- The Capital Buffer Response Framework (CBRF), which outlines the possible supervisory actions that RBNZ may take as a bank enters into its prudential capital buffer
- A proposal to include template terms sheets for AT1 and Tier 2 capital instruments, which include the prudential requirements for instruments to qualify as capital, as well as market standard requirements (These can be used by banks to issue RBNZ-compliant AT1 and Tier 2 capital instruments.)
- The "notification" process, proposed to replace the current non-objection process, which banks must follow to issue RBNZ-compliant AT1 and Tier 2 capital instruments
- News Release
- Exposure Draft of Revised Handbook
- Executive Summary of Consultation (PDF)
- Consultation Paper (PDF)
- Restructure of Banking Supervision Handbook
- Capital Review Go-To-Guide (PDF)
- Letter to Banks, October 20, 2020 (PDF)
Comment Due Date: March 31, 2021
Keywords: Asia Pacific, New Zealand, Banking, Basel, Reporting, Regulatory Capital, Credit Risk, Market Risk, Operational Risk, RBNZ
Previous ArticleHKMA Consults on Capital Rules for Bank Equity Investments in Funds
The European Banking Authority (EBA) published the final draft regulatory technical standards specifying and, where relevant, calibrating the minimum performance-related triggers for simple.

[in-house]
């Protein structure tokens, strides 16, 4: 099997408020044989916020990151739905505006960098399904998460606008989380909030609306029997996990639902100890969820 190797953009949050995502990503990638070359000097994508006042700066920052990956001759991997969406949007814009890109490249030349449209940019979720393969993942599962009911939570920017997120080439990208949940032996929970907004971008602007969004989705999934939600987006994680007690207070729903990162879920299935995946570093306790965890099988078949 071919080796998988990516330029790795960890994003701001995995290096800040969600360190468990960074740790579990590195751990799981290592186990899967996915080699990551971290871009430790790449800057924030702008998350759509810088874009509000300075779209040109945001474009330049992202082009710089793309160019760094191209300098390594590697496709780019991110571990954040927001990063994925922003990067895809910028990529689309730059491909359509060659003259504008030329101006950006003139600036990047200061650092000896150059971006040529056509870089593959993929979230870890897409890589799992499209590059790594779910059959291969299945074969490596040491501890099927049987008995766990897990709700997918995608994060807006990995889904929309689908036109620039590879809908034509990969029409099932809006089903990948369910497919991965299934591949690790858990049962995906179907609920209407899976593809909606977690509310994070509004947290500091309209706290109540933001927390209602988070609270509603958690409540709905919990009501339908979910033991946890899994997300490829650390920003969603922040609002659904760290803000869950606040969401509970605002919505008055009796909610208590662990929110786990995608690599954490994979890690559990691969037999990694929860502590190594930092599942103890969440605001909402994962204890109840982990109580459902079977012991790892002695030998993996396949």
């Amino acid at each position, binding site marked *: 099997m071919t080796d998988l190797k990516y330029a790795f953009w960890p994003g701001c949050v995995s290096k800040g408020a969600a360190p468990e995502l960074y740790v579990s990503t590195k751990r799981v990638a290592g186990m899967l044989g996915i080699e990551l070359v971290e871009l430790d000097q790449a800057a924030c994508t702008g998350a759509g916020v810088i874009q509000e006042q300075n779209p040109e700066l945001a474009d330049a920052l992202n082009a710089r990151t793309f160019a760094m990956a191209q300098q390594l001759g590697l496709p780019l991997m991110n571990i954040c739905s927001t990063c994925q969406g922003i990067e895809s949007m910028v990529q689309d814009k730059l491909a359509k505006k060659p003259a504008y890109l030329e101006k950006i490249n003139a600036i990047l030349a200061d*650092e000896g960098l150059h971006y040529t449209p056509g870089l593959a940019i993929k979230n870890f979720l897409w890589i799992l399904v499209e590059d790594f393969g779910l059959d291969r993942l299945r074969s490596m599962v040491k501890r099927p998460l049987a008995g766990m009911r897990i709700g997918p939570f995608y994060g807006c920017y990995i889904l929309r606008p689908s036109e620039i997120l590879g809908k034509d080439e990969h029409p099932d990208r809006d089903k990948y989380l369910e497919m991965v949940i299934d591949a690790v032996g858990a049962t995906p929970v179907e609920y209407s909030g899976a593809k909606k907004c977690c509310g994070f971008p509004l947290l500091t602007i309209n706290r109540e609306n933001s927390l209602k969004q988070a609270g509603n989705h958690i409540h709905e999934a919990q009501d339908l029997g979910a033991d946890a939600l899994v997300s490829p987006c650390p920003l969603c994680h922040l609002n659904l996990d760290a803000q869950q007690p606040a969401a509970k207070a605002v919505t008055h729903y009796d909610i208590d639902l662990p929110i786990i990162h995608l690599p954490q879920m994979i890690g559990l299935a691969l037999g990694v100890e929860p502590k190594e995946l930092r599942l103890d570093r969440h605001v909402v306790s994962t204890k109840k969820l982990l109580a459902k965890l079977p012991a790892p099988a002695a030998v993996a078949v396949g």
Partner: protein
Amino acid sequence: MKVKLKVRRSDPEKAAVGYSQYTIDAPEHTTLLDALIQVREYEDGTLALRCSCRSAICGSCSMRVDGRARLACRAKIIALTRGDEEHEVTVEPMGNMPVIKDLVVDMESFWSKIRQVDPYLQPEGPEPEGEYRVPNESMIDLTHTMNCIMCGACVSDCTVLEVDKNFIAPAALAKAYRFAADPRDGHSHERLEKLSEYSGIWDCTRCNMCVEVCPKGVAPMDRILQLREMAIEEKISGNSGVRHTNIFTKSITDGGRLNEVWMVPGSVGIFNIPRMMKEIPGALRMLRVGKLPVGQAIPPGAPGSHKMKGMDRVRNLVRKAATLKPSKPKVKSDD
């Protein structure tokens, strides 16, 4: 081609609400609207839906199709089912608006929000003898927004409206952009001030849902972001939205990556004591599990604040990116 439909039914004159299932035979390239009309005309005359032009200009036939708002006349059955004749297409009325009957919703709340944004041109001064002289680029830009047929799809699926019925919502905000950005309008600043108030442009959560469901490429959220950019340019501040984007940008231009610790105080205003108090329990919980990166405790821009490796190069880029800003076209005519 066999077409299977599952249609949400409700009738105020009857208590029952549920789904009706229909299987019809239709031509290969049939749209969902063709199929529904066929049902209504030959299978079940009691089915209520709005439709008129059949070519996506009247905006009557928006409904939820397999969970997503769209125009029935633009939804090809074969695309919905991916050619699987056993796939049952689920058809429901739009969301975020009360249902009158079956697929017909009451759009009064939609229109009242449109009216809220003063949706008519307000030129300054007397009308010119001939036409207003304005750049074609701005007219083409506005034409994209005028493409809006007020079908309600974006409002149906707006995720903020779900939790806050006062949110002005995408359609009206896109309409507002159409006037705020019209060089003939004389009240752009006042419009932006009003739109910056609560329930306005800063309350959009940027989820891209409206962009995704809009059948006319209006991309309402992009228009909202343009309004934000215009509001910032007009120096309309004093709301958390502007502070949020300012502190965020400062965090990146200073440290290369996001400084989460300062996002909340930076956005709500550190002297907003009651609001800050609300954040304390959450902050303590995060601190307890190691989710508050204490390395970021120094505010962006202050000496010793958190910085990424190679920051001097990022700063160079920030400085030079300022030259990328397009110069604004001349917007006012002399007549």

The European Central Bank (ECB) is undertaking the integrated reporting framework (IReF) project to integrate statistical requirements for banks into a standardized reporting framework that would be applicable across the euro area and adopted by authorities in other EU member states.
The European Banking Authority (EBA) has been awarded the top European Standard for its environmental performance under the European Eco-Management and Audit Scheme (EMAS).
The Monetary Authority of Singapore (MAS) set out the Financial Services Industry Transformation Map 2025 and, in collaboration with the SGX Group, launched ESGenome.
The Basel Committee on Banking Supervision met, shortly after a gathering of the Group of Central Bank Governors and Heads of Supervision (GHOS), the oversight body of BCBS.
The International Organization of Securities Commissions (IOSCO) welcomed the work of the international audit and assurance standard setters—the International Auditing and Assurance Standards Board (IAASB)
The Bank of England (BoE) published a Statistical Notice (2022/18), which informs that due to the Bank Holiday granted for Her Majesty Queen Elizabeth II’s State Funeral on Monday September 19, 2022.
The French Prudential Control and Resolution Authority (ACPR) announced that the European Banking Authority (EBA) has updated its filing rules and the implementation dates for certain modules of the EBA reporting framework 3.2.
The European Central Bank (ECB) published a paper that examines how credit rating agencies accepted by the Eurosystem, as part of the Eurosystem Credit Assessment Framework (ECAF)
The Australian Prudential Regulation Authority (APRA) announced reduction in the aggregate Committed Liquidity Facility (CLF) for authorized deposit-taking entities to ~USD 33 billion on September 01, 2022.